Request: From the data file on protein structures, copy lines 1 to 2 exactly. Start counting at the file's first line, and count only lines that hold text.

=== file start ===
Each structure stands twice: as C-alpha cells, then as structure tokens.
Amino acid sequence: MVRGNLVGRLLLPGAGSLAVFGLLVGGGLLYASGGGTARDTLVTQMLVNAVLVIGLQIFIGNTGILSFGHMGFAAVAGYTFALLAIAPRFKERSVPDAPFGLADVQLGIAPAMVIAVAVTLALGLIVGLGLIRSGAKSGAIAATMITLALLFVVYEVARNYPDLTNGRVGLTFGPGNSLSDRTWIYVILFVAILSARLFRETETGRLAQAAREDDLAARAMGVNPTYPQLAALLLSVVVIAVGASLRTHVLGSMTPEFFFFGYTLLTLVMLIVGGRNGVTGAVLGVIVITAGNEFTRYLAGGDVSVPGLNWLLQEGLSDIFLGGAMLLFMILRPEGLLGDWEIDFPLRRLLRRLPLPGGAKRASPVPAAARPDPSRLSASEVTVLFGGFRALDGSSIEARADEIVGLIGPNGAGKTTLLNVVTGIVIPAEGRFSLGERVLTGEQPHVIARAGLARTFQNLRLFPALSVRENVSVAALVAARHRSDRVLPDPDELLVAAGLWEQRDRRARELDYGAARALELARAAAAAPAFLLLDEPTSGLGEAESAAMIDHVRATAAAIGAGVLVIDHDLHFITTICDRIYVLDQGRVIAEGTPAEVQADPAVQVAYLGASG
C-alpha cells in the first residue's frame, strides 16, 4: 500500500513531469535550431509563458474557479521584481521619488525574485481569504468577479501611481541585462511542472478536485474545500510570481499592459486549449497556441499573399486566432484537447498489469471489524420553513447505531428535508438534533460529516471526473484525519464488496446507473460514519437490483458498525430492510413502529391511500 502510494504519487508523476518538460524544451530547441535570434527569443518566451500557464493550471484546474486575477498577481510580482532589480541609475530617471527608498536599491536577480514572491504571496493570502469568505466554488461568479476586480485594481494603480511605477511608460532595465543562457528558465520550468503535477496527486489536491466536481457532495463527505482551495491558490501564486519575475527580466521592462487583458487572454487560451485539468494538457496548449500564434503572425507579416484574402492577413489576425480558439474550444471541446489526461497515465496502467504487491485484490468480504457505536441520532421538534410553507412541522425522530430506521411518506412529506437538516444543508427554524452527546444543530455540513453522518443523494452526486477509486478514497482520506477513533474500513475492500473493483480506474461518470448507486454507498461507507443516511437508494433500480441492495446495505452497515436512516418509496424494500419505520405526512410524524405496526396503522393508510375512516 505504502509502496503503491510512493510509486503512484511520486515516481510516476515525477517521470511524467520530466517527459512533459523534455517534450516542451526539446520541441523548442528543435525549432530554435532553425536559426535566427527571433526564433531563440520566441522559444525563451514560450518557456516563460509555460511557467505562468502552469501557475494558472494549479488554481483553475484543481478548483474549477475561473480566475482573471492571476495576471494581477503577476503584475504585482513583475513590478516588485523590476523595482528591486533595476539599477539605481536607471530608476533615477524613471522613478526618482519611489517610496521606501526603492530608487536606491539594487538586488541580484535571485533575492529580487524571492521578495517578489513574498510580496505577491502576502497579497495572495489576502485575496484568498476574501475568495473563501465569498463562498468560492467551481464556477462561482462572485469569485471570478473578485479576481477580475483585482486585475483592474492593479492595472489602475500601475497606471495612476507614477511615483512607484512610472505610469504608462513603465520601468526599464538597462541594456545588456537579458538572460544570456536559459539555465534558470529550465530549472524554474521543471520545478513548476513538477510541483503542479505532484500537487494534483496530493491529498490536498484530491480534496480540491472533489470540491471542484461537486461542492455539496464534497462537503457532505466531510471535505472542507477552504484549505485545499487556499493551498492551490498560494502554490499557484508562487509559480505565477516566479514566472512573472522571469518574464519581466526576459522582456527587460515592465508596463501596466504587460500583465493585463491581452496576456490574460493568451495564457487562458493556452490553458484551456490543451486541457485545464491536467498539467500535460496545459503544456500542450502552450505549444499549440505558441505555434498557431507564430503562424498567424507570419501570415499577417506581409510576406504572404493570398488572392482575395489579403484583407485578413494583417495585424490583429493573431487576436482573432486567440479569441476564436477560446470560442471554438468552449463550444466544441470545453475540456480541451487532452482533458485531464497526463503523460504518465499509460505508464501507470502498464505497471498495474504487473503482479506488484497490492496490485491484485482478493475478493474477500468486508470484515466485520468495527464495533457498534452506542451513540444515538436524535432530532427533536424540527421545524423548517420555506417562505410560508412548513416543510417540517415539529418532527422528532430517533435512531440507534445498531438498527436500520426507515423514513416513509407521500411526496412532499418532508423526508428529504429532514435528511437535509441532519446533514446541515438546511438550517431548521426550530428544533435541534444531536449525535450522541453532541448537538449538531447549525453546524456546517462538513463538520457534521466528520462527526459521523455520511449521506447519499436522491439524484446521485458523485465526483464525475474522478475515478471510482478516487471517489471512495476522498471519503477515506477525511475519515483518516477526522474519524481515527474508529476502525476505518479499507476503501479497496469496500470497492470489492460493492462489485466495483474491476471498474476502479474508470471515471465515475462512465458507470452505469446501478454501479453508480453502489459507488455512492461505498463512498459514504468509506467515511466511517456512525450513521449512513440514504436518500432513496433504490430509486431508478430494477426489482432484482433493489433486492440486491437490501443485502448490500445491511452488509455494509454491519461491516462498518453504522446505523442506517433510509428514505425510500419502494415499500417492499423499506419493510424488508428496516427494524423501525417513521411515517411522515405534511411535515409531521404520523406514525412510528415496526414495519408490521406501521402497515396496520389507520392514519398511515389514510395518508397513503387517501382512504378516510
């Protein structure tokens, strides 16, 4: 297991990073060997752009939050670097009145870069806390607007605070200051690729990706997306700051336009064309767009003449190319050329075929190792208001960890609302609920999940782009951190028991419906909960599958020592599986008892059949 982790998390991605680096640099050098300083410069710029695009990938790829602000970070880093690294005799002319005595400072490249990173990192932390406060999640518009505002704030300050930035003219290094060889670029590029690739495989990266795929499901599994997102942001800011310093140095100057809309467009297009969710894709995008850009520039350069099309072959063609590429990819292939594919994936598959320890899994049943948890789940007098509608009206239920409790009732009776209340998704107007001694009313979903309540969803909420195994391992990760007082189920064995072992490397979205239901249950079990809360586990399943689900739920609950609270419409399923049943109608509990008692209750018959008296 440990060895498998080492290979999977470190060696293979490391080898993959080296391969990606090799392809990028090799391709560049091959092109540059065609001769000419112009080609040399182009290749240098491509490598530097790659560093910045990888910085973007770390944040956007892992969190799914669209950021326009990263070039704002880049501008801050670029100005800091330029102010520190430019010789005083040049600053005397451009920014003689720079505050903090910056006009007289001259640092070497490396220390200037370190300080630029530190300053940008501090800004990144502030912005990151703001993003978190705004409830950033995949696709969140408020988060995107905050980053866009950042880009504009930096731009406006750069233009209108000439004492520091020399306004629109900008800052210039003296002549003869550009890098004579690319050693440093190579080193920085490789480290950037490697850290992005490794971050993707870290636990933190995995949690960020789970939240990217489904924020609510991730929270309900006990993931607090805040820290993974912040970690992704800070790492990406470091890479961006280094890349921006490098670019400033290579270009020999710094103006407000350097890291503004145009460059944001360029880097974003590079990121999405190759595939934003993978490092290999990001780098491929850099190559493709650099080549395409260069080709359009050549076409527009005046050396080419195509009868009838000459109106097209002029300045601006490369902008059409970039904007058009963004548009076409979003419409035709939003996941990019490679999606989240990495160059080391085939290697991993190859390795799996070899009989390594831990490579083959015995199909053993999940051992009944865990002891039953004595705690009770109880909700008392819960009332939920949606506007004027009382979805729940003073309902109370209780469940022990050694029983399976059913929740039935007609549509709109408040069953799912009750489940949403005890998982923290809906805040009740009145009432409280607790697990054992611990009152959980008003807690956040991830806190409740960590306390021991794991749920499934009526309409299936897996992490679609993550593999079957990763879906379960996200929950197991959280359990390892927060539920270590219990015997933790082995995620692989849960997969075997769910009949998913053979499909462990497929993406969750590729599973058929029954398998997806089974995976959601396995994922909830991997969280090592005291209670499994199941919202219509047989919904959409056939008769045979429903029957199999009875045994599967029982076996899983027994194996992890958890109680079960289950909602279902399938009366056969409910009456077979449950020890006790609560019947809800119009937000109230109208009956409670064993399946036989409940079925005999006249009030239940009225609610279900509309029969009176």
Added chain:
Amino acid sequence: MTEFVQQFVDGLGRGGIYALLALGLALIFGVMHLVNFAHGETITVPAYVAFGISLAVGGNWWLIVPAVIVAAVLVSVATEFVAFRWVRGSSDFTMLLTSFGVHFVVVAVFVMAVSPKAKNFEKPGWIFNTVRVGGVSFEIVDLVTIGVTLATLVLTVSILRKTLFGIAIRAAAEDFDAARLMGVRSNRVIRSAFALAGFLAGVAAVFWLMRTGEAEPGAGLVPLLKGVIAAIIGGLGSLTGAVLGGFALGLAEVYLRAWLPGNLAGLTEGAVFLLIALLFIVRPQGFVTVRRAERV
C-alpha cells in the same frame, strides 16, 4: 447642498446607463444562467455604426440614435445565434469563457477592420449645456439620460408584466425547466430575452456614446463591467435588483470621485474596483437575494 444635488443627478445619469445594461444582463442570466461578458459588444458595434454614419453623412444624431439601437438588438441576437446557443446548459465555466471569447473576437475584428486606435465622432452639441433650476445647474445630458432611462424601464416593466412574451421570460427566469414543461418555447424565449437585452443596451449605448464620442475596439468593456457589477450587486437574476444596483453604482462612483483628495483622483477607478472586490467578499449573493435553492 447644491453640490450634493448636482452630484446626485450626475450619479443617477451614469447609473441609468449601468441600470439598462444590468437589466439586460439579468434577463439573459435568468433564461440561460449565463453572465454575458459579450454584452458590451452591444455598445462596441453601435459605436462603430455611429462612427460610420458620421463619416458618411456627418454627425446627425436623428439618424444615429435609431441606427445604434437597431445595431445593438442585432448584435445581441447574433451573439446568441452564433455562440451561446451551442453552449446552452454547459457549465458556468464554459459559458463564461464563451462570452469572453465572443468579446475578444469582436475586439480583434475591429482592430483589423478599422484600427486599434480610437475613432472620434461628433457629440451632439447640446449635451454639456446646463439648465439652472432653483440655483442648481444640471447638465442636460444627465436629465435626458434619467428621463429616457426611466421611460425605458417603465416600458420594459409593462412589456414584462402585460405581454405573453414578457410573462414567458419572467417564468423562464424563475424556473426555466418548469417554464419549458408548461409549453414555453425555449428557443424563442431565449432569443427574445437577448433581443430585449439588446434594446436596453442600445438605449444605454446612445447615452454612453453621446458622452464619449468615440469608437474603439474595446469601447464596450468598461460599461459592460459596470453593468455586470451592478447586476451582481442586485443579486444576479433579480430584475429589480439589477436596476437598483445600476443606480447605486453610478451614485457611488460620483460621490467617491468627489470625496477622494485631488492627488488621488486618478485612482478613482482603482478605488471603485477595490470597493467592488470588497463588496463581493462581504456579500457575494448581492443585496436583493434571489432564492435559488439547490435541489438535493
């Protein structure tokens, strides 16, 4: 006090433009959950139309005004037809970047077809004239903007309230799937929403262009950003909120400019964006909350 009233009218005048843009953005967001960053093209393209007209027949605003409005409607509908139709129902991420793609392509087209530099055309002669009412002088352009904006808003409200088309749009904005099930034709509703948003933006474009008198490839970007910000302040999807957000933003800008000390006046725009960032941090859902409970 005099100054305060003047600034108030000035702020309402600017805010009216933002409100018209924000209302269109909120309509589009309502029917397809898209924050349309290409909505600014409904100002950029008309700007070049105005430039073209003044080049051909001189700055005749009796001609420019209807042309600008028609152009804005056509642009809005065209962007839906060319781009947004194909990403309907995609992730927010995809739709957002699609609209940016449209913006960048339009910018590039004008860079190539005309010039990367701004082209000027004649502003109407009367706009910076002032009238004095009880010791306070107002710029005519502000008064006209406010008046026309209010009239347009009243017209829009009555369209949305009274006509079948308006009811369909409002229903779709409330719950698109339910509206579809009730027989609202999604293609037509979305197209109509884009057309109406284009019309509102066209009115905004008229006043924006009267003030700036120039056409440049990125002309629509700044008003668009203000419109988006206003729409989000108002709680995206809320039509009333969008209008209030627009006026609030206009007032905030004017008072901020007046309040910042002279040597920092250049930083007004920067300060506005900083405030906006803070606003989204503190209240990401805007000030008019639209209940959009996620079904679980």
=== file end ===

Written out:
Each structure stands twice: as C-alpha cells, then as structure tokens.
Amino acid sequence: MVRGNLVGRLLLPGAGSLAVFGLLVGGGLLYASGGGTARDTLVTQMLVNAVLVIGLQIFIGNTGILSFGHMGFAAVAGYTFALLAIAPRFKERSVPDAPFGLADVQLGIAPAMVIAVAVTLALGLIVGLGLIRSGAKSGAIAATMITLALLFVVYEVARNYPDLTNGRVGLTFGPGNSLSDRTWIYVILFVAILSARLFRETETGRLAQAAREDDLAARAMGVNPTYPQLAALLLSVVVIAVGASLRTHVLGSMTPEFFFFGYTLLTLVMLIVGGRNGVTGAVLGVIVITAGNEFTRYLAGGDVSVPGLNWLLQEGLSDIFLGGAMLLFMILRPEGLLGDWEIDFPLRRLLRRLPLPGGAKRASPVPAAARPDPSRLSASEVTVLFGGFRALDGSSIEARADEIVGLIGPNGAGKTTLLNVVTGIVIPAEGRFSLGERVLTGEQPHVIARAGLARTFQNLRLFPALSVRENVSVAALVAARHRSDRVLPDPDELLVAAGLWEQRDRRARELDYGAARALELARAAAAAPAFLLLDEPTSGLGEAESAAMIDHVRATAAAIGAGVLVIDHDLHFITTICDRIYVLDQGRVIAEGTPAEVQADPAVQVAYLGASG